The Honzo bridges gaps, literally and metaphorically. Kona describe it as a “balls-out, aggressive all-mountain 29er chromoly hardtail”. We won’t beg to differ, although you’ll need to be fit to haul its 30.5lb ‘built for knocks’ heft up the steepest climbs with just a single 32-tooth chainring up front; even the 36t sprocket out back isn’t always enough.
Ride & handling: Steel framed, hard hitting big-wheeler that breaks new ground
We know what sort of rider the Honzo will appeal to, because several of them stopped us to admire it on one of the much-‘sessioned’ downhill sections in our local woods. Interestingly, none of them noticed it had big wheels – perhaps because bikes designed like this usually have 26in or 24in wheels.
The Kona stands proud from every other 29er we’ve tested because it’ll attract riders who wouldn’t normally look at a big-wheeler. Its ride potential is hinted at by the slack (68-degree) head angle, the bolt-through-axle, tapered-steerer fork, 2.4in front tyre, chain guide tabs and cable routing for a dropper seatpost.
Whether you realise that potential might be another matter. It only releases its full promise if you subject it to the sort of highly animated body language that you usually associate with dirt jump bikes. But it carries speed better than any dirt jump bike we’ve ridden.
A curved-forward seat tube keeps the rear wheel neatly tucked in, the small tight frame triangles keep things stiffer and stabler than we’re used to with steel–framed 29ers and the low bottom bracket adds stability, but also occasionally causes pedal strikes when powering through bumpy corners.
The constant slight rub of the chain guide will annoy some riders but the Honzo is a barrel of fun when the terrain challenges, and especially so when it points even slightly downhill. It’s a great little bike that’s thoroughly adaptable and lots of fun to ride. There are better specced options at this price, but few that will appeal to the riders who feel drawn to the Honzo.
Frame & equipment: Well designed and generally well specced, but heavy
There’s lots to like with the Kona Honzo. We like the way the slim but suitably reinforced steel frame has been designed to accommodate 29in wheels without taking on the barge-like proportions of some big-wheelers.
We also like the short, beefy tapered head tube, the adjustable rear dropouts, the dropper seatpost cable routing and the chain device tabs. The 120mm-travel RockShox Revelation fork is a good choice up front, as are the beefy Maxxis Ardent tyres – 2.4in up front, 2.25in out back.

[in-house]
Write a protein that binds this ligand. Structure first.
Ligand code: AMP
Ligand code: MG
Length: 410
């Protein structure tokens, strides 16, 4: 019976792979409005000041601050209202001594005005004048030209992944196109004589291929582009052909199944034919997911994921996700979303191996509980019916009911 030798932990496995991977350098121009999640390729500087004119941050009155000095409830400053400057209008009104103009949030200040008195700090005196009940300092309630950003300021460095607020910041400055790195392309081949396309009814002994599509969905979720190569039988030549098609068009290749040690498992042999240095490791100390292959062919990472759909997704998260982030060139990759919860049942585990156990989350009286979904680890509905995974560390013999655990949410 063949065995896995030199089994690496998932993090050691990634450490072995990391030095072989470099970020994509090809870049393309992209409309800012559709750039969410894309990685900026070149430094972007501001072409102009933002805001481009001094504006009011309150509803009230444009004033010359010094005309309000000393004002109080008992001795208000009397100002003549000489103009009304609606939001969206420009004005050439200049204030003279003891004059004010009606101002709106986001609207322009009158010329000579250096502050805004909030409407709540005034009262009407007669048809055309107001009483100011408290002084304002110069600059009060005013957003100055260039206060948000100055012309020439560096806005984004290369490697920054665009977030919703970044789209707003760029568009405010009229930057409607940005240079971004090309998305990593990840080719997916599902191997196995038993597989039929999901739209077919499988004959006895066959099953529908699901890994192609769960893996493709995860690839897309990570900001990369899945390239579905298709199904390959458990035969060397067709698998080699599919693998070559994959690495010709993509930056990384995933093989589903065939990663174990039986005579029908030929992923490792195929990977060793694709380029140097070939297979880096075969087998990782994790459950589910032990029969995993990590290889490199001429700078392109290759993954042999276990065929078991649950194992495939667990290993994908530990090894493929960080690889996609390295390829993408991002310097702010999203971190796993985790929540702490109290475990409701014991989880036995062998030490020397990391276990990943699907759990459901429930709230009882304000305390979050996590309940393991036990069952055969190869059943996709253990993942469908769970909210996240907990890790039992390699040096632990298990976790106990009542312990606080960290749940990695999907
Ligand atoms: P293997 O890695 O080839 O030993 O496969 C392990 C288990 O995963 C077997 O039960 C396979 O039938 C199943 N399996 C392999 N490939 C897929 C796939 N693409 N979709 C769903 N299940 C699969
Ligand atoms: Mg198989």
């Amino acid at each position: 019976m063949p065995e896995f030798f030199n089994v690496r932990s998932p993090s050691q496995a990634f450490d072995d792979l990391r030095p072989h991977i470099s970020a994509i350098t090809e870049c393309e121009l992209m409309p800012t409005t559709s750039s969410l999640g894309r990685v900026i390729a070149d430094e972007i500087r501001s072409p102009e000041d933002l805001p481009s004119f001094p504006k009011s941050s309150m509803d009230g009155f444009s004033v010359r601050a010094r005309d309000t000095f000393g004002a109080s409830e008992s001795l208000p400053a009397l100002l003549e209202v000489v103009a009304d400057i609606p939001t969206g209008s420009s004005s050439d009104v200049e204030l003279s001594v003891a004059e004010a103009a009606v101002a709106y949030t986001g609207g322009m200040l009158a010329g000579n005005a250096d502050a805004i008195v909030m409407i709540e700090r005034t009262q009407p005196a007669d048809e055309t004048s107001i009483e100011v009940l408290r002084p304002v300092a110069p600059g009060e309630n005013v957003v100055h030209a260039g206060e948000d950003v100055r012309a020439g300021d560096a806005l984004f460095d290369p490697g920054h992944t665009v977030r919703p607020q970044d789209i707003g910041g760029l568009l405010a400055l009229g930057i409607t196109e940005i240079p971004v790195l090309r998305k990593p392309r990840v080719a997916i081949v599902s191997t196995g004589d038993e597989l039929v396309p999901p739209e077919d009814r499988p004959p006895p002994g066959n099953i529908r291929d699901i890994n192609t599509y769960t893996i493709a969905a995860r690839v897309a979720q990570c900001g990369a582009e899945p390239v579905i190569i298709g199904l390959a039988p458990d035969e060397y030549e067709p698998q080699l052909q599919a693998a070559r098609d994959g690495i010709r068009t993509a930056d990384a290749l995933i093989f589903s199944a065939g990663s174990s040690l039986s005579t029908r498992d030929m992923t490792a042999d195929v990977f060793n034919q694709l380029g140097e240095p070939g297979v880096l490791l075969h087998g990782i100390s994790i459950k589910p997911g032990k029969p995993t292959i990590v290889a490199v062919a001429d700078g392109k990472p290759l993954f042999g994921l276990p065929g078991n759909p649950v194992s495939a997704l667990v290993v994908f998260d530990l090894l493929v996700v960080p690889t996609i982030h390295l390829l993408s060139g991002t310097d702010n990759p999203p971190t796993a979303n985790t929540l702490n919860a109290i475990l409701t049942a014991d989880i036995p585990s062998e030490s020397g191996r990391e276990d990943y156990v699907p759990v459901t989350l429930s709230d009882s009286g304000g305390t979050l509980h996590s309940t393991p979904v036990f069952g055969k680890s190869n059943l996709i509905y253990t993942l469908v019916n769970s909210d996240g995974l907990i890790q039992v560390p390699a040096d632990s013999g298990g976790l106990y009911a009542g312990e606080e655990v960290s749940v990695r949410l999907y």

Our one dislike was the way the chain device rubbed in most gears. Oh, and a couple of riders griped about weight. A bike that weighs 30.5lb is a bit of a drag up climbs and would be better served by a granny ring in reserve up front rather than the single ring fitted here – a single blemish on the Honzo’s stated all-mountain credentials.
Steve Worland: “It was bound to happen. As big-wheelers have become more accepted, riders who previously scorned them have started wondering why their mates are all riding them. And the riders who’ve taken the piss out of 29ers more than any are those who identify with the sort of tough and tight bikes that look and feel at ease in the air as well as on the dare, duck and dive terrain that typical big-wheeled cross-country riders steer clear of. The Honzo is one of those bikes.”
You can check out the Honzo in action in the video below, from Kona:
|Description||E*13 LS1 chain device|
|Front Wheel||Shimano/Formula hubs on WTB FX23 Rims|
|Tyres||Maxxis Ardent 2.25in Rear/2.4in Front|
|Top Tube (in)||23|
|Seat Tube (in)||16.5|
|Bottom Bracket Height (in)||12|
|Available Sizes||16" 18" 20"|
|Rear Derailleur||Shimano Deore 12-36 9 Speed|
|Frame Material||Kona Clump Chromoly Butted Steel|
|Fork||Rock Shox Revelation RL Air 120mm Travel Through Axle|
|Cranks||FSA Step-Up with 32 Ring|
|Brakes||Avid. G2 180mm/160mm Rotors|
|Rear Wheel||Shimano/Formula hubs on WTB FX23 Rims|